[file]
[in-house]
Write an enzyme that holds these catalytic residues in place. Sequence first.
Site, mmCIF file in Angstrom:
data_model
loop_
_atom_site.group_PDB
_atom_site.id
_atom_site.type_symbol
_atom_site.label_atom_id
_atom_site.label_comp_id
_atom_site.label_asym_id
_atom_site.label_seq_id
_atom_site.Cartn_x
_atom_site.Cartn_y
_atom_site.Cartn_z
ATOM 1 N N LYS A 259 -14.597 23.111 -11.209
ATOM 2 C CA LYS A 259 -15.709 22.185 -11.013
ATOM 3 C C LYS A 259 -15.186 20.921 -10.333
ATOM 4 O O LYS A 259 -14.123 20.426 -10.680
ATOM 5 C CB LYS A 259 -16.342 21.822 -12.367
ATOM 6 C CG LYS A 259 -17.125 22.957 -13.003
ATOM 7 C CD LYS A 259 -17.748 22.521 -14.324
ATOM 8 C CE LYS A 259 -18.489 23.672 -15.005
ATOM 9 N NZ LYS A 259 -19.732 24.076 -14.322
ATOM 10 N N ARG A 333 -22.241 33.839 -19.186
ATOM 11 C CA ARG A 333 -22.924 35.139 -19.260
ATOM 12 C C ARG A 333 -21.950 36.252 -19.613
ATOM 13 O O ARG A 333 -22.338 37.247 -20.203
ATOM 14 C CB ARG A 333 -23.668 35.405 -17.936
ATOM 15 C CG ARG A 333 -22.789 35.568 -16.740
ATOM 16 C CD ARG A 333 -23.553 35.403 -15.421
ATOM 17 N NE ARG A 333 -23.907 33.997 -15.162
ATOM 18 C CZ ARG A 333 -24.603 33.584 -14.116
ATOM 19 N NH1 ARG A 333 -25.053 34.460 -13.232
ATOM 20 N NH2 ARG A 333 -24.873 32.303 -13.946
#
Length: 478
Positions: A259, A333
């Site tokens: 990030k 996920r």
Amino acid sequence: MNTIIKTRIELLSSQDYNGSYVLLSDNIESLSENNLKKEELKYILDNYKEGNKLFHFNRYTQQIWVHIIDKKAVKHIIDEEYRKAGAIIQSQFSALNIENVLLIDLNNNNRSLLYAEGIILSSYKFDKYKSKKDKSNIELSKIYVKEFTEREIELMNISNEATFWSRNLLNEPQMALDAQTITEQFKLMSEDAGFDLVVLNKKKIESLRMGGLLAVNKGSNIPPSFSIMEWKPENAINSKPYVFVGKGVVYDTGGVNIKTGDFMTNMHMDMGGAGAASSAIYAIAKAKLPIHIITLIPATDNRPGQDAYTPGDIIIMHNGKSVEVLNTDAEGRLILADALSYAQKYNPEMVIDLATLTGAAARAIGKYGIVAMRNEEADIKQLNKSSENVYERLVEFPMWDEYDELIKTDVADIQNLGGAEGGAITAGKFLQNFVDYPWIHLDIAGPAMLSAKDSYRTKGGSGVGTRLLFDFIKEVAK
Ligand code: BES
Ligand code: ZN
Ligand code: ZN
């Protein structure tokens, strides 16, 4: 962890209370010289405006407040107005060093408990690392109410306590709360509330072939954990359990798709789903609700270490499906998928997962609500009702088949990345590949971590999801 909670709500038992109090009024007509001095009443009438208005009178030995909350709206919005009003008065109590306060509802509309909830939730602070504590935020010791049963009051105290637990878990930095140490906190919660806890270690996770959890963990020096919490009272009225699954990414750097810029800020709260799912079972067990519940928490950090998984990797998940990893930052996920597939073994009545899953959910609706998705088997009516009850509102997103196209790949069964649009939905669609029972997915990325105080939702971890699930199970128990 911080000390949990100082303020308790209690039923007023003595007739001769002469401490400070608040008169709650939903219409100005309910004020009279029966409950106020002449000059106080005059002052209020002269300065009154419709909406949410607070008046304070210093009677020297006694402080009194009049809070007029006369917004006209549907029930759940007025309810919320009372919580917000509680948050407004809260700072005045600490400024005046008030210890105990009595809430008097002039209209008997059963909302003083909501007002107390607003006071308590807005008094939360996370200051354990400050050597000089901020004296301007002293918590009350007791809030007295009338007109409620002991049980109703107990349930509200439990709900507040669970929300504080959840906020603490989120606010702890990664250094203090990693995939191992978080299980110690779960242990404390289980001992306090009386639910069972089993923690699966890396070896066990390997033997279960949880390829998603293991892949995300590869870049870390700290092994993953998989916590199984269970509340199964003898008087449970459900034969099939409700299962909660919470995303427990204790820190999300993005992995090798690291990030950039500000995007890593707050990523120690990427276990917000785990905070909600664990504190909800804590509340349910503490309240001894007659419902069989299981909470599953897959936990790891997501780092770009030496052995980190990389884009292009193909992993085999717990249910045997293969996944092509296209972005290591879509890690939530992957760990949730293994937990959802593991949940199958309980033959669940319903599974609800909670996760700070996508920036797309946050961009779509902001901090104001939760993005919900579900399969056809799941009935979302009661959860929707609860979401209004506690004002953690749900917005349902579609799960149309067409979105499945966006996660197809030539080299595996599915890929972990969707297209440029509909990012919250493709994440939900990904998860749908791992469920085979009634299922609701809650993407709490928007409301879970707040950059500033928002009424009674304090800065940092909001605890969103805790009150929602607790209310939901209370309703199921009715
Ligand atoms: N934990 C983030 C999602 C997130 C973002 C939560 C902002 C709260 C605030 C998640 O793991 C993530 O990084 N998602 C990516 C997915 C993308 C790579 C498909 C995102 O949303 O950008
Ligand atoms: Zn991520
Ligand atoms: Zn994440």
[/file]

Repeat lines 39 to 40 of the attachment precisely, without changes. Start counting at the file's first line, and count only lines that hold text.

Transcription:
């Site tokens: 990030k 996920r």
Amino acid sequence: MNTIIKTRIELLSSQDYNGSYVLLSDNIESLSENNLKKEELKYILDNYKEGNKLFHFNRYTQQIWVHIIDKKAVKHIIDEEYRKAGAIIQSQFSALNIENVLLIDLNNNNRSLLYAEGIILSSYKFDKYKSKKDKSNIELSKIYVKEFTEREIELMNISNEATFWSRNLLNEPQMALDAQTITEQFKLMSEDAGFDLVVLNKKKIESLRMGGLLAVNKGSNIPPSFSIMEWKPENAINSKPYVFVGKGVVYDTGGVNIKTGDFMTNMHMDMGGAGAASSAIYAIAKAKLPIHIITLIPATDNRPGQDAYTPGDIIIMHNGKSVEVLNTDAEGRLILADALSYAQKYNPEMVIDLATLTGAAARAIGKYGIVAMRNEEADIKQLNKSSENVYERLVEFPMWDEYDELIKTDVADIQNLGGAEGGAITAGKFLQNFVDYPWIHLDIAGPAMLSAKDSYRTKGGSGVGTRLLFDFIKEVAK